A commercial and industrial development on the Lougheed Highway at Harris Road hit a roadblock in 2014, but Pitt Meadows council should move the contentious North Lougheed Corridor issue closer to resolution in 2015.
Coun. Janis Elkerton said it would make sense for the developer to build on the 18 hectares of land already available, which is not farmland.
“We should look at the land outside of the Agricultural Land Reserve that isn’t conditional on the road being built,” she opined.
The North Lougheed land is a 51 hectare site at the northeast corner of the intersection, is owned by commercial developer SmartCentres.
The project was moving forward, but was blocked by a stalemate at the council table. After MLA Doug Bing resigned his position as councillor in January, Pitt council was left with six members.
Former Mayor Deb Walters was supported by councillors Tracey Miyashita and Gwen O’Connell, but opposed by Bruce Bell, David Murray and Elkerton.
Without a majority, motions to approve plans for the site were lost in a 3-3 vote on Sept. 16.
The Agricultural Land Commission approved removal of the farmland at the site from the Agricultural Land Reserve, with the condition that new routes through the area shift traffic off Old Dewdney Trunk Road – which is often used to move farm equipment.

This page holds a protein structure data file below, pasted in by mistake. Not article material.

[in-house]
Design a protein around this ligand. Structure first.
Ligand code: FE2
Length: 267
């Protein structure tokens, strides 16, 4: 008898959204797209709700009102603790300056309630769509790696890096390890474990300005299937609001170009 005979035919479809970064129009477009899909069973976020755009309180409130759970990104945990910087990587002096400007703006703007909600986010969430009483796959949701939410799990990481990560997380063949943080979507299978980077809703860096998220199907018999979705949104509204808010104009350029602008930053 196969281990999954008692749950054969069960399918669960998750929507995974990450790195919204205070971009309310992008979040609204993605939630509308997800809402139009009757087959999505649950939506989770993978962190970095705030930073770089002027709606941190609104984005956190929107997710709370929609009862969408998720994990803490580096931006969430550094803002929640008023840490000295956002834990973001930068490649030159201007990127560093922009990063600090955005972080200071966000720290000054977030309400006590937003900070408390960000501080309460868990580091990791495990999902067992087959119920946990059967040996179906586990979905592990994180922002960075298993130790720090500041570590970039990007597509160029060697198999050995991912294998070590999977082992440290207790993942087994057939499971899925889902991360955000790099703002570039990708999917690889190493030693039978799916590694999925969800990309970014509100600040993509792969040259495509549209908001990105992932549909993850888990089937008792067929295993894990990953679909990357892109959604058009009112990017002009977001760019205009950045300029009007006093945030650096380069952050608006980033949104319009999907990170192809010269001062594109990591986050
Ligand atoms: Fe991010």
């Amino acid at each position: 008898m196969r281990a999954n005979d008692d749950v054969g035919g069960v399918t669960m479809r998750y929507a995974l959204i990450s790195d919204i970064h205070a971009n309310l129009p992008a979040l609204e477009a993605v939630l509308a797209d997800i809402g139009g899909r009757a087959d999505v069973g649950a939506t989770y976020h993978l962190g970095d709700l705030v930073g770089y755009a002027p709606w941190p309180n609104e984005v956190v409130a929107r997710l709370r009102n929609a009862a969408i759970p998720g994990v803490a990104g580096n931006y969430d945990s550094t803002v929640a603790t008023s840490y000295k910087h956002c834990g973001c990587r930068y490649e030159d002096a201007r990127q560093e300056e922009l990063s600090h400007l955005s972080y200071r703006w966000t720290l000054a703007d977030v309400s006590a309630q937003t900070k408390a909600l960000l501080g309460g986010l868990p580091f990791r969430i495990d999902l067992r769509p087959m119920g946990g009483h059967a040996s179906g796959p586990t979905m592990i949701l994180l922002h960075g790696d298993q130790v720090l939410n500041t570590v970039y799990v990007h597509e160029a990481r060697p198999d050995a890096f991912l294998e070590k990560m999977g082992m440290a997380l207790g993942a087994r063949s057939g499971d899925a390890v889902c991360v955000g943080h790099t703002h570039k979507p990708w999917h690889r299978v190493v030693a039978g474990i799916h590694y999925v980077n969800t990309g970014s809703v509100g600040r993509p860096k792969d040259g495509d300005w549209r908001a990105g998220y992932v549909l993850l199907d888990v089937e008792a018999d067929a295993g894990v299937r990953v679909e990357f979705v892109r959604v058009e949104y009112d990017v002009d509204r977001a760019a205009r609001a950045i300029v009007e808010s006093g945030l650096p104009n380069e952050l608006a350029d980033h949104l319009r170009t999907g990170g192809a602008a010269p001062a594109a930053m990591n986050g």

However, Elkerton said council has a report showing the proposed road would take little traffic off Old Dewdney Trunk, and cost as much as $10 million for the city to build.
Elkerton also noted that there is opposition in the community to developing on farmland, and noted the 33 hectares is working farmland.
The trio opposing the plans argued that building the North Lougheed Connector, a road to service the site, and an overpass at Harris Road, could cost taxpayers close to $20 million for the city’s share in the costs. They argued that the jobs to be created were not family sustaining jobs.
SmartCentres said the development would bring 600,000 square feet of new retail commercial space, bringing 1,200 retail jobs, and two million square feet of mixed employment, and up to 9,000 new office and industrial jobs.
Miyashita said council needs to see a more detailed cost/benefit analysis of the development, with estimated tax revenue and jobs.
“There’s a misconception that it’s all going to be big box stores, and that was never the vision,” said Miyashita, noting that office space and smaller stores were to be included in the development.
“In order for us to move forward, people on council need to see more detail,” she said.
“In principle, I support it because there’s a lot of potential benefit to the community.”
Newly elected Mayor John Becker has said council should deal with the issue in a timely manner.
To do nothing, or let the issue sit, is not fair to SmartCentres, which has invested “time, treasure and talent” in its proposal.